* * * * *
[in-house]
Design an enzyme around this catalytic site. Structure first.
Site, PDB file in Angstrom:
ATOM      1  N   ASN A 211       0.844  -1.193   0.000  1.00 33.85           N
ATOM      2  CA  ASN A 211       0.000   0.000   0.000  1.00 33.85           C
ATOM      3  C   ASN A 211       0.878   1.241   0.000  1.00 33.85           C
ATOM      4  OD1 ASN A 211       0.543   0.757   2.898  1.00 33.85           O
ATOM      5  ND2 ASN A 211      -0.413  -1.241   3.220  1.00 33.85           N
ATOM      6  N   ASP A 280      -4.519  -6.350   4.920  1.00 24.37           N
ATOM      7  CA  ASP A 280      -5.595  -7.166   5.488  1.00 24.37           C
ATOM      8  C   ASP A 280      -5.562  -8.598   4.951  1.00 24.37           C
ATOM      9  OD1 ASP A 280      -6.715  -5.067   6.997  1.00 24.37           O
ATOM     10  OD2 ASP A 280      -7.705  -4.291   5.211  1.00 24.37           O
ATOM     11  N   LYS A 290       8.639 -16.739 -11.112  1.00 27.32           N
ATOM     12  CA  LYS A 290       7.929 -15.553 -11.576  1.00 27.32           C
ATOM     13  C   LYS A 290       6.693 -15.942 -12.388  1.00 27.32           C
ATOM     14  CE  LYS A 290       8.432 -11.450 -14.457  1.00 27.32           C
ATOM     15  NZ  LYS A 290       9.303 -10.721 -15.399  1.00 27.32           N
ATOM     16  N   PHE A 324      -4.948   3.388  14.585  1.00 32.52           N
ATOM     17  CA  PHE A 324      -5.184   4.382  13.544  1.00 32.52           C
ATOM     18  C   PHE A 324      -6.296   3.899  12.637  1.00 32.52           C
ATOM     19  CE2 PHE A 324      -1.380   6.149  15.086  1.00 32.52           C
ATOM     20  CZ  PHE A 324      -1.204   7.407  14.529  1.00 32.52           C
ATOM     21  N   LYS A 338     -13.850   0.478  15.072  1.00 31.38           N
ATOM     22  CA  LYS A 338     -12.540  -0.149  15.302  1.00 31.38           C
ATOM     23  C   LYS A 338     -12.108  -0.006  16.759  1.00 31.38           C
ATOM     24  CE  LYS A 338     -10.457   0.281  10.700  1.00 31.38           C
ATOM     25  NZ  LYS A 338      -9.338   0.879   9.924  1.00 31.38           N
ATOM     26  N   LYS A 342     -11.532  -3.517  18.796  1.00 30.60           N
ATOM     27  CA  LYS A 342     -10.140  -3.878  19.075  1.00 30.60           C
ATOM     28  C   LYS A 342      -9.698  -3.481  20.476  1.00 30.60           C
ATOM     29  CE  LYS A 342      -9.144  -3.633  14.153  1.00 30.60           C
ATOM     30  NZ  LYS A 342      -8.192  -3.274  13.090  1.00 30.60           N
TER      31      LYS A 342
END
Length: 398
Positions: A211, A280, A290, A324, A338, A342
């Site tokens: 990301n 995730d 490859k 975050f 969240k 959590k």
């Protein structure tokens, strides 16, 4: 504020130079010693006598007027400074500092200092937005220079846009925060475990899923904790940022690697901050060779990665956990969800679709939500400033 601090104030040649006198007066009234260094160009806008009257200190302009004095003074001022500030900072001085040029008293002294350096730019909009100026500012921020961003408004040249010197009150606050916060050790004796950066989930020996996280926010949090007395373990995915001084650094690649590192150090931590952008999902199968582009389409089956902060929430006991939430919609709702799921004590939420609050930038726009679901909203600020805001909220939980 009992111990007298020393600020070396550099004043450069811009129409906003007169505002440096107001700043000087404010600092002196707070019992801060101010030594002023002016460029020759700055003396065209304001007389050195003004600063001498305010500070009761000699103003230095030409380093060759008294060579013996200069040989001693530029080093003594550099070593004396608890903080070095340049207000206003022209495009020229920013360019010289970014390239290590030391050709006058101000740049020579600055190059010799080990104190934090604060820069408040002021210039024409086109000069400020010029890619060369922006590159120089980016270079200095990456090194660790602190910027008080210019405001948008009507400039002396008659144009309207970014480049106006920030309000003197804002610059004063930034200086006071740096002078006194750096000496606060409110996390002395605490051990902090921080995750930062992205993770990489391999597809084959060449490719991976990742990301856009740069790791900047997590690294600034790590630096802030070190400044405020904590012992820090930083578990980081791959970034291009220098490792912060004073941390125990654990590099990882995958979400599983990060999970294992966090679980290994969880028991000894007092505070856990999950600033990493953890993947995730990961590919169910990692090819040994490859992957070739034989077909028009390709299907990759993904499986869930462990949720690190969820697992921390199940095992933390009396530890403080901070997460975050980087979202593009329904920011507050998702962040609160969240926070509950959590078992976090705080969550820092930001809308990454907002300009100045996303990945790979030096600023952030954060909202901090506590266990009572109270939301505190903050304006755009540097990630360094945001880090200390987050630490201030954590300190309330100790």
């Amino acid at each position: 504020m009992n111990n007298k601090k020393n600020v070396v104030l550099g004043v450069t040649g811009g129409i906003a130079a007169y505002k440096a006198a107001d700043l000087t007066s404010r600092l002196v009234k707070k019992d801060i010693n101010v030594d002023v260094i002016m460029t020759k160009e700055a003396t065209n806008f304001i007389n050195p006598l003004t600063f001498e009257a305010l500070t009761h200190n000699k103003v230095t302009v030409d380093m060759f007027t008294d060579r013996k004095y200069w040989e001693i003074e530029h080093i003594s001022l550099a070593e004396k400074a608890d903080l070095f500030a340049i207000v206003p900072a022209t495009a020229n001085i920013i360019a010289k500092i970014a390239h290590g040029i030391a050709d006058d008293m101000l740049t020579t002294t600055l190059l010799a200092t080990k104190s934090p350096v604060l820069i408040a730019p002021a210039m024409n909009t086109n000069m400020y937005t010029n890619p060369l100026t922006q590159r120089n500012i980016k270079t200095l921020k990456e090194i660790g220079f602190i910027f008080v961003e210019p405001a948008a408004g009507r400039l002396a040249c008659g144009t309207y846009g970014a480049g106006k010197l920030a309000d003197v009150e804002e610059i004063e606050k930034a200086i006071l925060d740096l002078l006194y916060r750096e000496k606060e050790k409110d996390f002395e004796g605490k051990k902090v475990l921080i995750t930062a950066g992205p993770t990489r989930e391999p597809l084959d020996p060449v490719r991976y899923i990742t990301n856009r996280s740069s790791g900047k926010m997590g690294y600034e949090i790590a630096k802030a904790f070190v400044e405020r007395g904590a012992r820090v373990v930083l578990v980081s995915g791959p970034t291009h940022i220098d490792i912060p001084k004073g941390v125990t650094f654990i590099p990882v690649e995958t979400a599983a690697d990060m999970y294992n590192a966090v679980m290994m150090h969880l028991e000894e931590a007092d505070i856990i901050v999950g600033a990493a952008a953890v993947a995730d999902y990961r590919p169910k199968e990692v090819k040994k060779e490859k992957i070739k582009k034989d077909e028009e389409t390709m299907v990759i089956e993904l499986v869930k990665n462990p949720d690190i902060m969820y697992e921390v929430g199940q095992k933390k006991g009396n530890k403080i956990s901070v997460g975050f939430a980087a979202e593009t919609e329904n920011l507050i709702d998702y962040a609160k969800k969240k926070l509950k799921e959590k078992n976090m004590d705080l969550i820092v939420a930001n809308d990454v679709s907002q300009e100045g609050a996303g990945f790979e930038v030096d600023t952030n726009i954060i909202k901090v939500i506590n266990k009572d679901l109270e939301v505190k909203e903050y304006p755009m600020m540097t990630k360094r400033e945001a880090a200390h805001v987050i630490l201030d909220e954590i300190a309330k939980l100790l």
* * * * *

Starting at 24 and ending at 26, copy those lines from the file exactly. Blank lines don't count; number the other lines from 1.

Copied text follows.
ATOM     21  N   LYS A 338     -13.850   0.478  15.072  1.00 31.38           N
ATOM     22  CA  LYS A 338     -12.540  -0.149  15.302  1.00 31.38           C
ATOM     23  C   LYS A 338     -12.108  -0.006  16.759  1.00 31.38           C